Cost per action

From Seo Wiki - Search Engine Optimization and Programming Languages

Jump to: navigation, search
Internet marketing
Display advertising
E-mail marketing
E-mail marketing software
Interactive advertising
Social media optimization
Web analytics
Cost per impression
Affiliate marketing
Cost per action
Contextual advertising
Revenue sharing
Search engine marketing
Search engine optimization
Pay per click advertising
Paid inclusion
Search analytics
Mobile advertising

Cost Per Action or CPA (sometimes known as Pay Per Action or PPA) is an online advertising pricing model, where the advertiser pays for each specified action (a purchase, a form submission, and so on) linked to the advertisement.

Direct response advertisers consider CPA the optimal way to buy online advertising, as an advertiser only pays for the ad when the desired action has occurred. An action can be a product being purchased, a form being filled, etc. The desired action to be performed is determined by the advertiser.

The CPA can be determined by different factors, depending where the online advertising inventory is being purchased.


CPA as "Cost Per Acquisition"

CPA is sometimes referred to as "Cost Per Acquisition", which has to do with the fact that most CPA offers by advertisers are about acquiring something (typically new customers by making sales). Using the term "Cost Per Acquisition" instead of "Cost Per Action" is not incorrect, it is actually more specific. "Cost Per Acquisition" is included in "Cost Per Action", but not all "Cost Per Action" offers can be referred to as "Cost Per Acquisition".

The Difference between CPA and CPL Advertising

In CPL campaigns, advertisers pay for an interested lead (hence, Cost Per Lead) — i.e. the contact information of a person interested in the advertiser's product or service. CPL campaigns are suitable for brand marketers and direct response marketers looking to engage consumers at multiple touchpoints — by building a newsletter list, community site, reward program or member acquisition program.

In CPA campaigns, the advertiser typically pays for a completed sale involving a credit card transaction.

There are other important differentiators:

  1. CPL campaigns are advertiser-centric. The advertiser remains in control of their brand, selecting trusted and contextually relevant publishers to run their offers. On the other hand, CPA and affiliate marketing campaigns are publisher-centric. Advertisers cede control over where their brand will appear, as publishers browse offers and pick which to run on their websites. Advertisers generally do not know where their offer is running.
  2. CPL campaigns are usually high volume and light-weight.In CPL campaigns, consumers submit only basic contact information. The transaction can be as simple as an email address. On the other hand, CPA campaigns are usually low volume and complex. Typically, consumer has to submit credit card and other detailed information.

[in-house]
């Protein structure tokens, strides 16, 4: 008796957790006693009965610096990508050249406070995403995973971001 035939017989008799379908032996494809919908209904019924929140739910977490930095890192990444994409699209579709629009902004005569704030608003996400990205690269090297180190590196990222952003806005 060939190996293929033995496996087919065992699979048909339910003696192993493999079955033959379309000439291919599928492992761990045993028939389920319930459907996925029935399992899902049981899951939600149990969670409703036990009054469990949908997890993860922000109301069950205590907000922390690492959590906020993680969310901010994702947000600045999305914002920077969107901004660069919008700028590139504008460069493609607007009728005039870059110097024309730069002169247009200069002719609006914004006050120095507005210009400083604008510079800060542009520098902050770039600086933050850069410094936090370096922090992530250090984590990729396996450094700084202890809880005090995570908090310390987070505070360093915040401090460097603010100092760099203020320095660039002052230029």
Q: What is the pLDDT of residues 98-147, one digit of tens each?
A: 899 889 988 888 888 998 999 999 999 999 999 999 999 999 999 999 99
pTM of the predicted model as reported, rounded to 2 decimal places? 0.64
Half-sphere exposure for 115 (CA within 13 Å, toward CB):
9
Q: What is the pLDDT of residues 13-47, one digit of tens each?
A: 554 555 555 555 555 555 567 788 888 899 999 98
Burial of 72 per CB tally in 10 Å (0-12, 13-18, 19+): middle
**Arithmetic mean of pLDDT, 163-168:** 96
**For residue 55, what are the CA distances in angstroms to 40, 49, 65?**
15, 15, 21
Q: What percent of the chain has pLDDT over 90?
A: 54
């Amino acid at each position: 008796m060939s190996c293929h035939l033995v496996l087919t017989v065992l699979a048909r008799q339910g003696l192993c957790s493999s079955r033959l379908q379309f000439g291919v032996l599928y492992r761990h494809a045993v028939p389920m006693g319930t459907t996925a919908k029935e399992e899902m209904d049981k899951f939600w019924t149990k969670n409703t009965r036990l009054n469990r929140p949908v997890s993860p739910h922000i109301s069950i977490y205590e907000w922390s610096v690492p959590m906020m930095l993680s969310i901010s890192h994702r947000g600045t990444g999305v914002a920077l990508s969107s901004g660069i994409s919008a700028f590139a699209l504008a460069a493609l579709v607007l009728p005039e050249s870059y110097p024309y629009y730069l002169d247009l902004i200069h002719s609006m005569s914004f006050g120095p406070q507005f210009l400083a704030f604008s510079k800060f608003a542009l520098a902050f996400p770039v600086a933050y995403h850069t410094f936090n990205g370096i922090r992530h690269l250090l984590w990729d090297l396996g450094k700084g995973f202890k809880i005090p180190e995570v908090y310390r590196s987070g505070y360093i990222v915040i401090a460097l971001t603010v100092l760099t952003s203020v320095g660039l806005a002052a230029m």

Effective cost per action

A related term, eCPA or Effective Cost Per Action, is used to measure the effectiveness of advertising inventory purchased (by the advertiser) via a CPC, CPI, or CPM basis.

In other words, the eCPA tells the advertiser what they would have paid if they purchased the advertising inventory on a Cost Per Action basis (instead of a Cost Per Click, Cost Per Impression, or Cost Per Mile/Thousand basis).


  • Dozens of smaller companies have addressed the majority of the cost-per-action advertising network market, including companies like Commission Junction, Performics, and others including new entrants such as W4, [1] and Perfect Storm Media.
  • Google started testing CPA on 2006. On June 2007 Google expanded its beta trial, opening it to users of AdWords[2] As of October, 2008, Google has discontinued their pay-per-action beta in favor of an offering by Google owned DoubleClick.[3][dead link]
  • eBay has moved into CPA advertising with its AdContext system on 2006.[4]
  •, CPA pioneer and later merged with other to form NBC Internet (NBCi), has long touted the advantages of the CPA model, such as the elimination of click fraud.[4]
  • was the Internet's first comparison shopping search engine to operate exclusively on a Cost Per Action (CPA) ad model, has a patent pending on an improvement over CPA where part of the ad revenue goes to the customer, and has been bought by Microsoft for integration into Live Search.[5]

See also


The Online Lead Generation Glossary

Tutorial on the CPA / CPM / CPC / dCPM advertising models

pl:Pay per lead

vi:Cost Per Action zh:每行动成本

Personal tools

Served in 0.489 secs.